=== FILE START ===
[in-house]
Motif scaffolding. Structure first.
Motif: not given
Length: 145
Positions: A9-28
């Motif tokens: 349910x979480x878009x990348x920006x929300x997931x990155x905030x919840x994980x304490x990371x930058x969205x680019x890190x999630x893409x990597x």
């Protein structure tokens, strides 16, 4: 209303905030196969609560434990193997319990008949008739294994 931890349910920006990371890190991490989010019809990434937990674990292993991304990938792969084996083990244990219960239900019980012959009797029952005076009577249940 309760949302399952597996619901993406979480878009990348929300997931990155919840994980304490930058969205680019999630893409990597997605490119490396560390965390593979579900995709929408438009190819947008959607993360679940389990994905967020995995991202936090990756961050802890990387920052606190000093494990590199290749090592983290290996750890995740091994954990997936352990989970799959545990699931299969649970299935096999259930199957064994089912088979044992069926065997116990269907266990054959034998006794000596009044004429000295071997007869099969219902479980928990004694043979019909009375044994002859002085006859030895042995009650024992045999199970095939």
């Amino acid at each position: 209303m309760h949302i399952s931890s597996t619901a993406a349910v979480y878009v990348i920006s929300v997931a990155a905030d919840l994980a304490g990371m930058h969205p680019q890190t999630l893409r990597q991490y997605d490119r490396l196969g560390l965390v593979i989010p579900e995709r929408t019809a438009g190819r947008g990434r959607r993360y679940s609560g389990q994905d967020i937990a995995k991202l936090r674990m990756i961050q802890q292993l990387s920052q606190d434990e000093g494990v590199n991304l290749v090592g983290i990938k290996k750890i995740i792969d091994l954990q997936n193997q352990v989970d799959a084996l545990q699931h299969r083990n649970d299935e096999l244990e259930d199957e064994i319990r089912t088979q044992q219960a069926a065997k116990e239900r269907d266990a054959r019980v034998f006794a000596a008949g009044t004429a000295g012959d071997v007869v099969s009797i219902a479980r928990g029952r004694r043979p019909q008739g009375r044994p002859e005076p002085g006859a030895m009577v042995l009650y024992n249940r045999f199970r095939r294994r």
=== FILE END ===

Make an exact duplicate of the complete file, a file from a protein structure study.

[in-house]
Motif scaffolding. Structure first.
Motif: not given
Length: 145
Positions: A9-28
């Motif tokens: 349910x979480x878009x990348x920006x929300x997931x990155x905030x919840x994980x304490x990371x930058x969205x680019x890190x999630x893409x990597x």
């Protein structure tokens, strides 16, 4: 209303905030196969609560434990193997319990008949008739294994 931890349910920006990371890190991490989010019809990434937990674990292993991304990938792969084996083990244990219960239900019980012959009797029952005076009577249940 309760949302399952597996619901993406979480878009990348929300997931990155919840994980304490930058969205680019999630893409990597997605490119490396560390965390593979579900995709929408438009190819947008959607993360679940389990994905967020995995991202936090990756961050802890990387920052606190000093494990590199290749090592983290290996750890995740091994954990997936352990989970799959545990699931299969649970299935096999259930199957064994089912088979044992069926065997116990269907266990054959034998006794000596009044004429000295071997007869099969219902479980928990004694043979019909009375044994002859002085006859030895042995009650024992045999199970095939």
């Amino acid at each position: 209303m309760h949302i399952s931890s597996t619901a993406a349910v979480y878009v990348i920006s929300v997931a990155a905030d919840l994980a304490g990371m930058h969205p680019q890190t999630l893409r990597q991490y997605d490119r490396l196969g560390l965390v593979i989010p579900e995709r929408t019809a438009g190819r947008g990434r959607r993360y679940s609560g389990q994905d967020i937990a995995k991202l936090r674990m990756i961050q802890q292993l990387s920052q606190d434990e000093g494990v590199n991304l290749v090592g983290i990938k290996k750890i995740i792969d091994l954990q997936n193997q352990v989970d799959a084996l545990q699931h299969r083990n649970d299935e096999l244990e259930d199957e064994i319990r089912t088979q044992q219960a069926a065997k116990e239900r269907d266990a054959r019980v034998f006794a000596a008949g009044t004429a000295g012959d071997v007869v099969s009797i219902a479980r928990g029952r004694r043979p019909q008739g009375r044994p002859e005076p002085g006859a030895m009577v042995l009650y024992n249940r045999f199970r095939r294994r």